Gleanings in Graveyards

Gleanings in Graveyards
a collection of Curious Epitaphs


(2 Reviews)
Gleanings in Graveyards by Horatio Edward Norfolk





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Gleanings in Graveyards
a collection of Curious Epitaphs


(2 Reviews)
Although this country may be behind many others in the poetic or classic character of its monumental inscriptions, it is certainly not so in the production of Epitaphs of a curious and absurd character. Whether it is that the British are, as a nation, witty and humorous, and that they are desirous that their peculiarities should be recorded even in the sanctuaries of their dead, or that they consider true records of the departed to be of little or no value, has yet to be shown. It is, however, remarkable that if we refer to the epitaphial records of other nations, we find that they are, as a rule, noted for their beauty, elegance, or truth, whereas of the many graveyards in Great Britain there is scarcely one that does not afford examples of humourous effusions.

Book Excerpt


She took the cup of life to sip, Too bitter 'twas to drain; She put it meekly from her lip, And went to sleep again.

* * * * *

At WOOD DITTON, on a gravestone in which is fixed an iron dish, according to the instructions of the deceased:--

On William Symons, ob. 1753, aet. 80.

Here lies my corpse, who was the man That loved a sop in the dripping pan; But now, believe me I am dead, See here the pan stands at my head. Still for sops to the last I cried, But could not eat, and so I died. My neighbours, they perhaps will laugh, When they do read my epitaph.


On William Webbe.

A richer Webb than any art can weave, The Soule that Faith to Christ makes firmly cleave. This Webbe can Death, nor Devils, sunder nor untwist, For Christ and Grace both groundwork are and List.

* * * * *

At CASTLE CAMPS the following quaint epitaph on a former rector:--

Mors mortis morti mortem nisi morte de


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(1861) Non fiction / Historical
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Plot bullets

Epitaphs from English gravestones.
Some religious, others witty, humorous and even revengeful.

Some samples

o Philippa Brown, died November 22nd, 1738, aged 63.
Here I lie, without the door, The church is full, 'twill hold no more; Here I lye, the less I pay, And still I lie as warm as they. When thou art dead, let this thy comfort be, That all the world by turn, must follow thee.

o Here lies Robert Trollop, Who made yon stones roll up: When death took his soul up, His body filled this hole up.

o On Anne, daughter of Joseph Baynham, Died 16th Aug. 1632.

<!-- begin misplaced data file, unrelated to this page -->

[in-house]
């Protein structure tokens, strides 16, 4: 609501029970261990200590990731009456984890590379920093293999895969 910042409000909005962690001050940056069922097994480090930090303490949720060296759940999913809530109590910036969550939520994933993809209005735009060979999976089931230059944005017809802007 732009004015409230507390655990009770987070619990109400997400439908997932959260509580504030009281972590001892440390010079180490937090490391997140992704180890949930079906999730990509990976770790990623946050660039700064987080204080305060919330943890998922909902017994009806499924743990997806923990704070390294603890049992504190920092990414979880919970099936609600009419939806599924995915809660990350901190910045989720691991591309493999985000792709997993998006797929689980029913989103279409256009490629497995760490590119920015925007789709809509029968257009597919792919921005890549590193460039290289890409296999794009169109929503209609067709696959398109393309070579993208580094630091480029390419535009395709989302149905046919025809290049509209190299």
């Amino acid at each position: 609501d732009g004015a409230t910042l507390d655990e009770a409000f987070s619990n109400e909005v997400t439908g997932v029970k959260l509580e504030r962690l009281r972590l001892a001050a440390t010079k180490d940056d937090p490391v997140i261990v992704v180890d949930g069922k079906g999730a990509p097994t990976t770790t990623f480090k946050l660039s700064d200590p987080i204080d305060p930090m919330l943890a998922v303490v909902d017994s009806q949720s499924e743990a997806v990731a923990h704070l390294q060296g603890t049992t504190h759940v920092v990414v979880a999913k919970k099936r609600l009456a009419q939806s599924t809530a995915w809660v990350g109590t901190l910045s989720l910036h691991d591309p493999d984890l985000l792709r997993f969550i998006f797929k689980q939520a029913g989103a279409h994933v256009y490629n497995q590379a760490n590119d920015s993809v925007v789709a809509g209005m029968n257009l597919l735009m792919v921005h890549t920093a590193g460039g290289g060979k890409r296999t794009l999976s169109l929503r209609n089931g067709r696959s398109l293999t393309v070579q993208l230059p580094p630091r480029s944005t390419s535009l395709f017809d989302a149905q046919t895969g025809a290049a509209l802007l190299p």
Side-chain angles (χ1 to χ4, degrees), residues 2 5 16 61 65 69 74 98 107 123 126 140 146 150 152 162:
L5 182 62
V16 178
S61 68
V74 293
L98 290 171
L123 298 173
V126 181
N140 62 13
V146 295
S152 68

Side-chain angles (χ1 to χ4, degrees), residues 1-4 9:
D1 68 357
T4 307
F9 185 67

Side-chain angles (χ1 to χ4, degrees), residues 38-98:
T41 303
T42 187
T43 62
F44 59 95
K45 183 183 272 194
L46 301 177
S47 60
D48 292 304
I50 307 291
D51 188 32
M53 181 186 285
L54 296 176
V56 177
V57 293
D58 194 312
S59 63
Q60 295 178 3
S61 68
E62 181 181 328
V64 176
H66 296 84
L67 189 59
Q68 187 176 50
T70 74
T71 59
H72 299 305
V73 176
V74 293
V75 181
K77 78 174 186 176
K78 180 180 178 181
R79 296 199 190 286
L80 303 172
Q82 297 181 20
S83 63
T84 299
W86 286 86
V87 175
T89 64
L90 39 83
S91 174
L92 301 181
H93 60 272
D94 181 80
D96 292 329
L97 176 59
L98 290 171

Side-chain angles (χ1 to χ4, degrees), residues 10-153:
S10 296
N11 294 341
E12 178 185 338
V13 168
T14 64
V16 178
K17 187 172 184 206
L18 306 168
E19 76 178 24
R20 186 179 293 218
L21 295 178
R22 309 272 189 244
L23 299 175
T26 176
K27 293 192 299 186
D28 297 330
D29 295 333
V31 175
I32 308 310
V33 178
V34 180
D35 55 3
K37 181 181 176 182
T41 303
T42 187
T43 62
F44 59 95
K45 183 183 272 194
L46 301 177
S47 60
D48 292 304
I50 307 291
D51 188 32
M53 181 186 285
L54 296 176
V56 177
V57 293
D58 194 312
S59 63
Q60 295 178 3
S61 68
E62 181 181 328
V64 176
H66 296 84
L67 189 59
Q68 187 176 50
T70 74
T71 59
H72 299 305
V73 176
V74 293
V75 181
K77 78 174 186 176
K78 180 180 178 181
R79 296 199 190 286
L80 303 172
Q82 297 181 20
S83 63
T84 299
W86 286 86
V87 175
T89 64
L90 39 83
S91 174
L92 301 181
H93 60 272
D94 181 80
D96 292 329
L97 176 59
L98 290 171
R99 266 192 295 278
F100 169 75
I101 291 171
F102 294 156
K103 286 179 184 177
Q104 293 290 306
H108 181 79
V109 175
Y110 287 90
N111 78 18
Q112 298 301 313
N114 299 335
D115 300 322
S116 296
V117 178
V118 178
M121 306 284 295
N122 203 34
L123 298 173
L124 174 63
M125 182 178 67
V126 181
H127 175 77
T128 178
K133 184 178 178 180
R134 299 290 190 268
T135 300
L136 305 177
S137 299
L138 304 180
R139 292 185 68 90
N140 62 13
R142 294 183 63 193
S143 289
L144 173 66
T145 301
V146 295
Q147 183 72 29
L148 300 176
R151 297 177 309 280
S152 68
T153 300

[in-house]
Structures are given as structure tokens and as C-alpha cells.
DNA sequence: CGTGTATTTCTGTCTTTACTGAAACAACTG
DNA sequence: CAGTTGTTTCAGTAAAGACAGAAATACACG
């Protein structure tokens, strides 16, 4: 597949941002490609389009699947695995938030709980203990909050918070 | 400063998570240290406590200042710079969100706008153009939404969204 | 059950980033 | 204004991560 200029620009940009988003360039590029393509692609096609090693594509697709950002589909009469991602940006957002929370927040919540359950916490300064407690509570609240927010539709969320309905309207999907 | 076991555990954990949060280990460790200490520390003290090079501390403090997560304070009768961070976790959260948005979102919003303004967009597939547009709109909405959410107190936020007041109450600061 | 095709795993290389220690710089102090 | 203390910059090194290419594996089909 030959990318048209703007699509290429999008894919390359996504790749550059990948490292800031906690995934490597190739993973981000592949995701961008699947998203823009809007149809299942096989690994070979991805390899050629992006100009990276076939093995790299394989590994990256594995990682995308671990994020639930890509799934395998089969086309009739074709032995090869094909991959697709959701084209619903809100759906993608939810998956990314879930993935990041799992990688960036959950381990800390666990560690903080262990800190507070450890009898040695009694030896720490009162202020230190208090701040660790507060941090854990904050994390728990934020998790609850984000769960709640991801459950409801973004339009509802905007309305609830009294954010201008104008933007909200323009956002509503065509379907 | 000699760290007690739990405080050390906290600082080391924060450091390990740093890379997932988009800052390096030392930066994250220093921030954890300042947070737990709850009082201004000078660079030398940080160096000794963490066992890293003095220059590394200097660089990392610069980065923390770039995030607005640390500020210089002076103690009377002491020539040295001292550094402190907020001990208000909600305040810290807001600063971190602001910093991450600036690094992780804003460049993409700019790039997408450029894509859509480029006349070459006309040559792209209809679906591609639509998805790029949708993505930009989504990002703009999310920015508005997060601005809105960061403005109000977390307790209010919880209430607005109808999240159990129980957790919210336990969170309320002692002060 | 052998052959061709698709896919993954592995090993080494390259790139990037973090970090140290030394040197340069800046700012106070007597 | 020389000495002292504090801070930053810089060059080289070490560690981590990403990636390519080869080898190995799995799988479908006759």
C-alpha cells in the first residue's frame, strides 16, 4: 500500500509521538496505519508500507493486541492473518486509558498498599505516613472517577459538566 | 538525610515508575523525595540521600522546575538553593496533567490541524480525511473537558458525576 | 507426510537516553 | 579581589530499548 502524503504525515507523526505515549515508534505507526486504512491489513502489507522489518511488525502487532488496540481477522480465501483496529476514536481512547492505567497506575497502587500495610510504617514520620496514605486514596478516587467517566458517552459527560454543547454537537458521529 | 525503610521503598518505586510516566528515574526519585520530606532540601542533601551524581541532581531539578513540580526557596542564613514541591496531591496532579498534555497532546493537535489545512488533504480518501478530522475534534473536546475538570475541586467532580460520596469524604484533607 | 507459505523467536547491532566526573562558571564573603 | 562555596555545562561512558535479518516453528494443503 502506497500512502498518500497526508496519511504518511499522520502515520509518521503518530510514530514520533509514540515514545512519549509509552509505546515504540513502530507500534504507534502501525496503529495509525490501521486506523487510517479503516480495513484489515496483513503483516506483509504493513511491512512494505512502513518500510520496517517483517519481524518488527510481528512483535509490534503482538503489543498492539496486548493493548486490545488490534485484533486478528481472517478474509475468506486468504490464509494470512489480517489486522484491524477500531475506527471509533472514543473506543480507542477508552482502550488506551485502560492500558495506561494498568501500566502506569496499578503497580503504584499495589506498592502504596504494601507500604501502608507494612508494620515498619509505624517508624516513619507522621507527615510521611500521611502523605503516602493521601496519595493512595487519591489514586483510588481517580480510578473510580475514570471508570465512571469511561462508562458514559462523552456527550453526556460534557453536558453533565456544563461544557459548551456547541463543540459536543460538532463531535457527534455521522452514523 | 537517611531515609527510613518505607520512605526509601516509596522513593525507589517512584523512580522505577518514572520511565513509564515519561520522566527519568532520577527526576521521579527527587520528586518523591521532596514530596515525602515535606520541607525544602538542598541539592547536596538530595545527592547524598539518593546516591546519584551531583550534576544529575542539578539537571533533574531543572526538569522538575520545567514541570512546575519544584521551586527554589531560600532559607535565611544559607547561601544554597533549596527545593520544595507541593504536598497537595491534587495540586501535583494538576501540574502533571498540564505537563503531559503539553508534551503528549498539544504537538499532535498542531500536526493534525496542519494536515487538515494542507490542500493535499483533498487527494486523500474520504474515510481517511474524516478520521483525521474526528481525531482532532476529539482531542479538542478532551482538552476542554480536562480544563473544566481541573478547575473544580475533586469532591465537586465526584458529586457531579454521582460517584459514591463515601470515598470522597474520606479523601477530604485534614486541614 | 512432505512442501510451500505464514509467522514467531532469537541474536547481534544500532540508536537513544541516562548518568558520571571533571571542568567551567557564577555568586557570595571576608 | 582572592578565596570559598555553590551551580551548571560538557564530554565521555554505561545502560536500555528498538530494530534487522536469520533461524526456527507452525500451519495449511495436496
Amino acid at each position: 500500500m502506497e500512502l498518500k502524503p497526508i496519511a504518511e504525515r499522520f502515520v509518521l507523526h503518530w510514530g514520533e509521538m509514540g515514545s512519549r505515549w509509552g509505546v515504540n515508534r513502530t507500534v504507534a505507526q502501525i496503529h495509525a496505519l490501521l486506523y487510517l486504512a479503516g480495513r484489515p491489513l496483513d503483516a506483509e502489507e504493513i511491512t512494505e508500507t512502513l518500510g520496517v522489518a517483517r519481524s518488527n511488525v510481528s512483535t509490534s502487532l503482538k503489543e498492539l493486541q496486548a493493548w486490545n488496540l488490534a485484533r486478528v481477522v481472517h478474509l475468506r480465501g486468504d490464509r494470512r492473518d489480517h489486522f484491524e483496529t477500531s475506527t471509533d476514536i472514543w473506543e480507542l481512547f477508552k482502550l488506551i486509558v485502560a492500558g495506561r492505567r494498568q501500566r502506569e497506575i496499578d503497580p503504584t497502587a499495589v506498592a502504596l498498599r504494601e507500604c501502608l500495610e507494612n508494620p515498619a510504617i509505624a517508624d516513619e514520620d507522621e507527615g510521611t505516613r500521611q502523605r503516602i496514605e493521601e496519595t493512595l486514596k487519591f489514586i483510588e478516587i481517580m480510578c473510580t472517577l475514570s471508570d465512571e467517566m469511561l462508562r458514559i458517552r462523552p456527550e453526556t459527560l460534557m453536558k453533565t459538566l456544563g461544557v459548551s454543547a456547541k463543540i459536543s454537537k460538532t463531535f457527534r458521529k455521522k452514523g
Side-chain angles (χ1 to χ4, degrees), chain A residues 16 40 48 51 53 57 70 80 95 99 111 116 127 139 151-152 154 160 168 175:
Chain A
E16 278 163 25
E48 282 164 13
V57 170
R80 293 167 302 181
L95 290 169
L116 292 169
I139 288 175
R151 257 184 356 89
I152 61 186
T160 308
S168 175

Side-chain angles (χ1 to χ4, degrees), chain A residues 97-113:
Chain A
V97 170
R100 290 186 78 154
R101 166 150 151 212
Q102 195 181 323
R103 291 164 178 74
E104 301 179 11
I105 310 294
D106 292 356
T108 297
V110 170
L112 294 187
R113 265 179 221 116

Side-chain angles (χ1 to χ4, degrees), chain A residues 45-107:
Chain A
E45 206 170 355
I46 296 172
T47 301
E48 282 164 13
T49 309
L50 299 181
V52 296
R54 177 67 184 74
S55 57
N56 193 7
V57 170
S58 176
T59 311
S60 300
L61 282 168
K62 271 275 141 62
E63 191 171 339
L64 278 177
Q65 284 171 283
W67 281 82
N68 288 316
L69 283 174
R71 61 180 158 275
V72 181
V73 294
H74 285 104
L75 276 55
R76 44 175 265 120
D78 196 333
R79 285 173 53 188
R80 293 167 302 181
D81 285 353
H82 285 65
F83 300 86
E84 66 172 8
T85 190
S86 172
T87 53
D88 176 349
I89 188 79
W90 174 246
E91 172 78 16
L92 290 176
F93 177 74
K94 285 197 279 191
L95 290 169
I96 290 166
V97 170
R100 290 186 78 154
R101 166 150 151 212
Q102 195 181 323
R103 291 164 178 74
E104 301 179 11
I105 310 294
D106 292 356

Shee had not spunn out Thirtie dayes, but God from paine took her to joyes; Let none their trust in worldly Bliss, All youth and age must come to This, but Manner how, place where, time when, Is known to God, but not to men; Watch, Pray, Repent, and sinne forsake, Lest, unprepared, Death thee should take,-- Then happy Thou that so shall dye, To Live with God Eternalye.

o Here lies I and my three daughters, Killed by a drinking the Cheltenham waters; If we had stuck to Epsom salts, We'd not been a lying in these here vaults.

o On Hannah, wife of Jeremiah Soffe, died 1832.
When I am dead and in my Grave, And all my Bones are Rotten. This when you see, Remember me, Or lest I should be forgotten.

o Here a lovely youth doth lie, Which by accident did die; His precious breath was forced to yield, For by a waggon he was killed!

o Grieve not for me, my husband dear, I am not dead, but sleepeth here; With patience wait, prepare to die, And in a short time you'll come to I.

o Several years since, an inhabitant of Woolwich died, leaving a testamentary order that his tombstone should be inscribed with the well-known lines:--
Youthful reader, passing by, As you are now, so once was I, As I am now, so you must be, Therefore prepare to follow me.

The widow of the deceased, who did not honour her lord more than the ordinary run of wives, obeyed her late husband's injunctions, but added a postscript of her own composition--
To follow you I am not content, Until I know which way you went.

Written in 1861, this short book is a collection of epitaphs found in graveyards in the British Isles.

Ranging from humorous to tragic, from bearing awful puns to downright sarcastic, it is amazing what people allow on their tombstones, the most cynical epitaph being the gravestone remarking on the purity and innocence of the twelve-year-old child buried beneath, but some wiseacre added the inscription saying that she had not yet reached the age of thirteen.